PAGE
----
> In mid-May, most of Italy's beaches are not really ready
    > for swimming or even sunning.

Not exactly true. Italians hardly venture in beaches before April, but you
can continuosly see 1 or 2 couples from Northern Europe layind down to the
sun here and there, and if you approach them, they will tell you Italy in
March is as Northern or Baltic Sea in July.
Living in Sicily, I usually start to pay visits to beaches in late April,
but it is true I usually find the water comfortably hot only later, during
last weeks of May. Definitively, the best time to enjoy Italian beaches is
the period between last week of May and first week of July. After the
second week of July Italians begin their vacations, and for the first two
weeks of August the beaches will be a carpet of flesh.

    > In three weeks, four stops should be plenty. I would tend to
    > discourage going to Sicily on this trip, unless you want to
    > spend at least a week there. It has a high probability of finding
    > beach weather in May, but it takes a while to get there and to get
    > from one place to another within Sicily.

I don't agree, but hey, obviously that could be Cicero pro domo sua ;-)
Nowadays you can get in Sicily really easily, quickly and cheaply.
There are various options: aircraft (the ticket from Roma to Trapani costs
53¤, and from there you can go to Pantelleria for 23¤ or to Lampedusa for
25¤, each day of the year, major infos at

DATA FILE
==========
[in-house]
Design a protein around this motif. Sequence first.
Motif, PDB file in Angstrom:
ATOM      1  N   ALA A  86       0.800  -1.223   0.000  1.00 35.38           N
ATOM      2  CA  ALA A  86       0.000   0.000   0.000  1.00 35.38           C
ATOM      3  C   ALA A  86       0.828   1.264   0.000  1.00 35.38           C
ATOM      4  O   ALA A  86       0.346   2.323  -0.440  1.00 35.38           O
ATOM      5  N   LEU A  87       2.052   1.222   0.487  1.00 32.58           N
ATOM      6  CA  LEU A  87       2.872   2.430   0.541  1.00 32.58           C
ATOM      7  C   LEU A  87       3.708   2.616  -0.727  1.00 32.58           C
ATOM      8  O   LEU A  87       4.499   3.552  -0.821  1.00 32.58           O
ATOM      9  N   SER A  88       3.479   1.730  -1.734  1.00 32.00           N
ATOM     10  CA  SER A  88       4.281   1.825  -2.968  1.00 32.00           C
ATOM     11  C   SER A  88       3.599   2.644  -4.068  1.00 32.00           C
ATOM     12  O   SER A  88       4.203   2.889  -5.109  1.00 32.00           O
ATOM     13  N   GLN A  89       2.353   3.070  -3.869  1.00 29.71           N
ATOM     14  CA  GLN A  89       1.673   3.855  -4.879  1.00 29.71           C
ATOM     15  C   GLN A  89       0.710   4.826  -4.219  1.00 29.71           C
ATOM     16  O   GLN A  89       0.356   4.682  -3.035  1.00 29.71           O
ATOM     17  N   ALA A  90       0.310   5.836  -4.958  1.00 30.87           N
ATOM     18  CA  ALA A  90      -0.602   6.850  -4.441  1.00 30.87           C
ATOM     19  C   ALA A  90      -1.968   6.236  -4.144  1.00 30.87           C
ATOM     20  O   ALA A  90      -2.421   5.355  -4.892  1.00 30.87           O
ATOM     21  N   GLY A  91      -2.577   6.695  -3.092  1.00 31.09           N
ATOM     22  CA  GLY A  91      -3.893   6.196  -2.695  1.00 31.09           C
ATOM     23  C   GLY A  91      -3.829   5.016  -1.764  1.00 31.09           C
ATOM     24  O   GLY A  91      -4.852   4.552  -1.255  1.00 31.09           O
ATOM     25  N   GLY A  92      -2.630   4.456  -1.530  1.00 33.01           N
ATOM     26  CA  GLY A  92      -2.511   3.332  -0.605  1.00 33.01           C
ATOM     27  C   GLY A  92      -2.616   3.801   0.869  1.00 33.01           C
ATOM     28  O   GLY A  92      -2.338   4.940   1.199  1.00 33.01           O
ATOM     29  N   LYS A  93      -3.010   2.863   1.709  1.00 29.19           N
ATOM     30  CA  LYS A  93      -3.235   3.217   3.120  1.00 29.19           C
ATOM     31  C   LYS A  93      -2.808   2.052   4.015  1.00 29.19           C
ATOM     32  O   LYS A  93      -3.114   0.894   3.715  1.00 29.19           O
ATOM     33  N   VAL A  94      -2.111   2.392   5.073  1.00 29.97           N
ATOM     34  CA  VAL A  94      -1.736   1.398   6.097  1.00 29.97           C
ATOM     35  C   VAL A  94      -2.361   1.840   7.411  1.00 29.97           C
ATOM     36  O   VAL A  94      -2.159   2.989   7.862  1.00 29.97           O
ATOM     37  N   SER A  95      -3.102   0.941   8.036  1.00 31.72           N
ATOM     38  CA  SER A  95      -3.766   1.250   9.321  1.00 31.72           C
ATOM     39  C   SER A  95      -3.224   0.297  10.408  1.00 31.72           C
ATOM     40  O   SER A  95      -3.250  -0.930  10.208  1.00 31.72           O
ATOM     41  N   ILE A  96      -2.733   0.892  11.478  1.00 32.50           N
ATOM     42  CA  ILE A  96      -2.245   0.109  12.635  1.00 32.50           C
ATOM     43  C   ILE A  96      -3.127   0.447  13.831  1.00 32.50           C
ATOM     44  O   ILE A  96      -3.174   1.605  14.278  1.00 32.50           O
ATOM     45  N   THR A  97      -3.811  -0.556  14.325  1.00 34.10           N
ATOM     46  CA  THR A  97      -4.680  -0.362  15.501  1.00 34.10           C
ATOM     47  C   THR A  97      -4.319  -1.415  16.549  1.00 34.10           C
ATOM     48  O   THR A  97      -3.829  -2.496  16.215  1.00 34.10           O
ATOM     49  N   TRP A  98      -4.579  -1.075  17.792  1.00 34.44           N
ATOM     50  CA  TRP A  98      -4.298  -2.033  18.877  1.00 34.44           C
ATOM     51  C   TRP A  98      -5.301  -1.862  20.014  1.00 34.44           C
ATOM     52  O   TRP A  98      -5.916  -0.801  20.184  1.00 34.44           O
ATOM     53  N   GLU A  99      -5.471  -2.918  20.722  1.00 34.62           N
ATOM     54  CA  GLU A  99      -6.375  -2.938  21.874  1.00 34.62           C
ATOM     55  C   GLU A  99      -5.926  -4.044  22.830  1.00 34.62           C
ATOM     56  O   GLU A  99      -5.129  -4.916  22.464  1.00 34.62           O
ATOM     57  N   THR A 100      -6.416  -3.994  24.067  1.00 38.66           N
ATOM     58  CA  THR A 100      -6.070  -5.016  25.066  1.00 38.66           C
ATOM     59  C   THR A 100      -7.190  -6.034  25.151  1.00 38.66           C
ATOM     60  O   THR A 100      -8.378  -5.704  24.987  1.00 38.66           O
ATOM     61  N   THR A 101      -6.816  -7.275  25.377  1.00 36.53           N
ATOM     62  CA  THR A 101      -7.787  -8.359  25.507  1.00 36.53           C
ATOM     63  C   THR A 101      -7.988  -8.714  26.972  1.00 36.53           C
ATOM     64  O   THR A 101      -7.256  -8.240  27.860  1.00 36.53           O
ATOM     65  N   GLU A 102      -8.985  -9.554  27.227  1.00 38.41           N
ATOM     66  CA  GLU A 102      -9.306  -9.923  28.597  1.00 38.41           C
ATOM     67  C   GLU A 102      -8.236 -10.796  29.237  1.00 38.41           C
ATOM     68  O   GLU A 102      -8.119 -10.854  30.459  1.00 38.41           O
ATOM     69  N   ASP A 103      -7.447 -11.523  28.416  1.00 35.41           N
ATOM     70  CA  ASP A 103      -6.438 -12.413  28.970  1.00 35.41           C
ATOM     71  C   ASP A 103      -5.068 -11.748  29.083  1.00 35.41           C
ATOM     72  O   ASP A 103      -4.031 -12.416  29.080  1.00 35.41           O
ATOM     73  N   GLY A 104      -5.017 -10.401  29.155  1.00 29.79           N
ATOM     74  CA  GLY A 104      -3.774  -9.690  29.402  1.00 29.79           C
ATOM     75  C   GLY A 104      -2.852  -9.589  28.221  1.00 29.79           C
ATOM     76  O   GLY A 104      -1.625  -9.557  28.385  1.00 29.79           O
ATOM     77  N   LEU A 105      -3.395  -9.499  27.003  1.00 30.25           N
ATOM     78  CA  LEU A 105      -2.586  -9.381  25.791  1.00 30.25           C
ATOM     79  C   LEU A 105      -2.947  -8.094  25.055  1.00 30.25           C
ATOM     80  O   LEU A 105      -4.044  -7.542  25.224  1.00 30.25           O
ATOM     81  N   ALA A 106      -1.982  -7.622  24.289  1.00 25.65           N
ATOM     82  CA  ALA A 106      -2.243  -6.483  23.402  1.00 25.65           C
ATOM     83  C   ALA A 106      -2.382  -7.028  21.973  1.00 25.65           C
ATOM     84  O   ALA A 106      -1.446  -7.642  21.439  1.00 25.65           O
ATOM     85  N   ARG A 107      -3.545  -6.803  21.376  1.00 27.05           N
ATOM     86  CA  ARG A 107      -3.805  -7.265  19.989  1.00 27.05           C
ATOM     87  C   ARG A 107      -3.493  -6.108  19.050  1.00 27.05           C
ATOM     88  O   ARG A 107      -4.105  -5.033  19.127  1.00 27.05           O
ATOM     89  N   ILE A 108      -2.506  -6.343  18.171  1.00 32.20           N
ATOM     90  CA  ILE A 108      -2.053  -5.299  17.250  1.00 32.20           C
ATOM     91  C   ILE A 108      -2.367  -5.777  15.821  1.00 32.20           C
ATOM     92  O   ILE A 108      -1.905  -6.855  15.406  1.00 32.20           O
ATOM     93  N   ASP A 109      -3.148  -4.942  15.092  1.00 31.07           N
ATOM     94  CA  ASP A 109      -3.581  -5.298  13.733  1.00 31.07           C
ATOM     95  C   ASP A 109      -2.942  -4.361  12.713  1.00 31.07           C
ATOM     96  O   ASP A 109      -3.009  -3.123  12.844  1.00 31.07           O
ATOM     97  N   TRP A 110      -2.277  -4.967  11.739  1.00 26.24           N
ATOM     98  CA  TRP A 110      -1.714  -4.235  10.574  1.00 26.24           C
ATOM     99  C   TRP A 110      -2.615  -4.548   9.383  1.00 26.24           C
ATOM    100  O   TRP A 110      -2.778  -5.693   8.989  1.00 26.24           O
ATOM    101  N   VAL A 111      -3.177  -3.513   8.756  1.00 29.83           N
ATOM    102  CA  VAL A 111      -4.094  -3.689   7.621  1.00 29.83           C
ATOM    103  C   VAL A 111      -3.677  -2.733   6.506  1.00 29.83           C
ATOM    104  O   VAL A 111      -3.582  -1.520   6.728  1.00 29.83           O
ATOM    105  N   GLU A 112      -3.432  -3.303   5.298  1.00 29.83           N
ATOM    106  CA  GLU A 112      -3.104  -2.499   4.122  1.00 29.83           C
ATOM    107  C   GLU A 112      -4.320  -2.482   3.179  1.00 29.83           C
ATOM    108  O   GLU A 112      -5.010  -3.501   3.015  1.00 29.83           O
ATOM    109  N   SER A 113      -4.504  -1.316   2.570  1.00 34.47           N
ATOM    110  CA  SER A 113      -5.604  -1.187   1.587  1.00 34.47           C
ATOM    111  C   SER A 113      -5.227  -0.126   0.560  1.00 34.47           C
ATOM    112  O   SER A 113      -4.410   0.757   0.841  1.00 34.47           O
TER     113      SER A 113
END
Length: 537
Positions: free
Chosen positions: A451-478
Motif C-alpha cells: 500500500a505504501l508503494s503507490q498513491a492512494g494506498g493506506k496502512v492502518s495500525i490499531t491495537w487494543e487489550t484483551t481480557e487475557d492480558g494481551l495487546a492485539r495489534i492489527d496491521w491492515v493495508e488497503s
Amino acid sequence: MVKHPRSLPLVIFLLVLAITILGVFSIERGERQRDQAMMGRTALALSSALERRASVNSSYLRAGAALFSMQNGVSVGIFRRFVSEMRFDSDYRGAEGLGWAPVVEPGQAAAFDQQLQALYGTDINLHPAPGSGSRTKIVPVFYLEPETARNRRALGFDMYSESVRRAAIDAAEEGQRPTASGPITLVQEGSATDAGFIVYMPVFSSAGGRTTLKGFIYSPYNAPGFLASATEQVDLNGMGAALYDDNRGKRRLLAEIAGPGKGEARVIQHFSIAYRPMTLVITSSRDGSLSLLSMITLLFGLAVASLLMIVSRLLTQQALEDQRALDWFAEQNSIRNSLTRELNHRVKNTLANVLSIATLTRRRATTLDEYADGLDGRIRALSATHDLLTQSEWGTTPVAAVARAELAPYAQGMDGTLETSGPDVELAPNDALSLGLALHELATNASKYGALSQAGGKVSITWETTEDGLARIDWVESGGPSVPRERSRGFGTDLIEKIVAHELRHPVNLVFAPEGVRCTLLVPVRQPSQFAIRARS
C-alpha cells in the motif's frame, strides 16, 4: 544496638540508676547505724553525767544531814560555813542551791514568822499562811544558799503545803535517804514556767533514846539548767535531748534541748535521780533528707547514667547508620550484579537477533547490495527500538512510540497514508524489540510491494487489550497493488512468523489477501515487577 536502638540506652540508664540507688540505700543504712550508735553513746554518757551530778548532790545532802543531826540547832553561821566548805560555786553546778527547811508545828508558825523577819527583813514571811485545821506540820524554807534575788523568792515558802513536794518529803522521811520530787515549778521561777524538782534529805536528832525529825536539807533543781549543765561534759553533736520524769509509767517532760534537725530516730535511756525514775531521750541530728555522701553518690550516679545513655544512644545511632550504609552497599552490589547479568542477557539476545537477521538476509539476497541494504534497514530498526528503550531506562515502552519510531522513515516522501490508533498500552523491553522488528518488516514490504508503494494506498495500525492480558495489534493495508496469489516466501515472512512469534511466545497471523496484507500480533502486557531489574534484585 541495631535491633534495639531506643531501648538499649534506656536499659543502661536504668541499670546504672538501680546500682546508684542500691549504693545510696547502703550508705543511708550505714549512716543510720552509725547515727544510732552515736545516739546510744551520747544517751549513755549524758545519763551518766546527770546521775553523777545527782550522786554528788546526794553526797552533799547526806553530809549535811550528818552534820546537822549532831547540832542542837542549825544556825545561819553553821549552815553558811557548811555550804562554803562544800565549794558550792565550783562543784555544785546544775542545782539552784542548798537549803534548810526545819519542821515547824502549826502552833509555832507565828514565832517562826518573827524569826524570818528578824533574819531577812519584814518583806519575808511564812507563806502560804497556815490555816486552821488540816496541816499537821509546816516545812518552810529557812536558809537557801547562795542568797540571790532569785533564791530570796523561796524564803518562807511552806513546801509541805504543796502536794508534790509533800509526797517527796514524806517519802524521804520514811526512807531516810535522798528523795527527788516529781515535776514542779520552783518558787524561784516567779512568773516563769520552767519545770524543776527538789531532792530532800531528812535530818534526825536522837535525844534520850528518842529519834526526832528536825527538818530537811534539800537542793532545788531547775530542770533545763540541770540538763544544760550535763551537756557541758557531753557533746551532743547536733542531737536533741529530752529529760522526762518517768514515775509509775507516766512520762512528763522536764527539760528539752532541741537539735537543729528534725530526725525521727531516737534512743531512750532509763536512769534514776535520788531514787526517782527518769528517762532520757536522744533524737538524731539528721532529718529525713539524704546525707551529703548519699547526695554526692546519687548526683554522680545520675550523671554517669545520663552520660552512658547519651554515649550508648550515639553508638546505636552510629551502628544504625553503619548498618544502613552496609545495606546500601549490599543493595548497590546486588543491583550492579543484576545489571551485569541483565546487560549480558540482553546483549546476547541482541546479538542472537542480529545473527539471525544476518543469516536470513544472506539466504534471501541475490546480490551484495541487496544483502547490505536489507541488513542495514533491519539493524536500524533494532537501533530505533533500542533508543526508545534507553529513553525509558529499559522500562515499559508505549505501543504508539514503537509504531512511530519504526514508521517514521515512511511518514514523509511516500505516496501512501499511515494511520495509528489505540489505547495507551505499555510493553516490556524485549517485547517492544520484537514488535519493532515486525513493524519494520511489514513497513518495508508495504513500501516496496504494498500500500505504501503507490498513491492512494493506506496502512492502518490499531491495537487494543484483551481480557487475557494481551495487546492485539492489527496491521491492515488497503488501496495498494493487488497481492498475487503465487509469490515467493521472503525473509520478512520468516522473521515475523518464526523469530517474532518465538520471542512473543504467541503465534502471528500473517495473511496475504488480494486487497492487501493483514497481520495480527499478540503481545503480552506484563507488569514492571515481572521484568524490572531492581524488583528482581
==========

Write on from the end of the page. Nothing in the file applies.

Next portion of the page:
http://www.airgest.com/english/index.html, and there are a lot of options
for Palermo and Catania), ferry boat (night lines to Palermo or Trapani,
from Cagliari, Genova, Civitavecchia and Napoli, really cheap but really
slow), catamaran(more expensive, but only 5 hours from Napoli to Palermo),
train (slow and usually expensive, not adviceable) and highway.
If I would like to visit Sicily having rented a car, I would probably leave
the car in Roma, jump in an aircraft and renting another car in Sicily.
Probably some rent a car could even offer this as a service.

--
ale
http://www.sen.it
rara temporum felicitate, ubi sentire
quae velis, et quae sentias dicere, licet
 
Old Feb 9th 2004, 7:39 am
  #10  
Luca Logi
Guest
 
Posts: n/a
Default Re: Italy: Must-sees, Off the beaten track, Need a car?

Mona <[email protected]> wrote:

    > I am looking to head to Italy for my honeymoon in mid-May for three
    > weeks. I would like to see as much as possible, starting in the way
    > north and ending in Sicily or somewhere else in the south.
    >
    > Our priorities are:
    > -beautiful mountain villages

The most beautiful mountain villages are in the North, around Bolzano
(Alto Adige/Südtirol). My favourite valley is the Pusteria/Pustertal,
but also Val Gardena/Grödnertal is quite nice. As you see, all names
have a double Italian/German form, as this is a German speaking zone,
formerly belonging to Austria.


--
Luca Logi - Firenze - Italy e-mail: [email protected]
 
Old Feb 9th 2004, 8:11 pm
  #11  
Tile
Guest
 
Posts: n/a
Default Re: Italy: Must-sees, Off the beaten track, Need a car?

let me add

there are a few low cost airlines that can take you to sicily for about
20.00 eur
I think that these low cost airlines will bring a lot of tourists to
sicily....
"Alessandro Riolo" <[email protected]> ha scritto nel messaggio
news:[email protected]...
    > B Vaughan, from B Vaughan<[email protected]>,
    > in <news:[email protected] > wrote:
    > > In mid-May, most of Italy's beaches are not really ready
    > > for swimming or even sunning.
    > Not exactly true. Italians hardly venture in beaches before April, but you
    > can continuosly see 1 or 2 couples from Northern Europe layind down to the
    > sun here and there, and if you approach them, they will tell you Italy in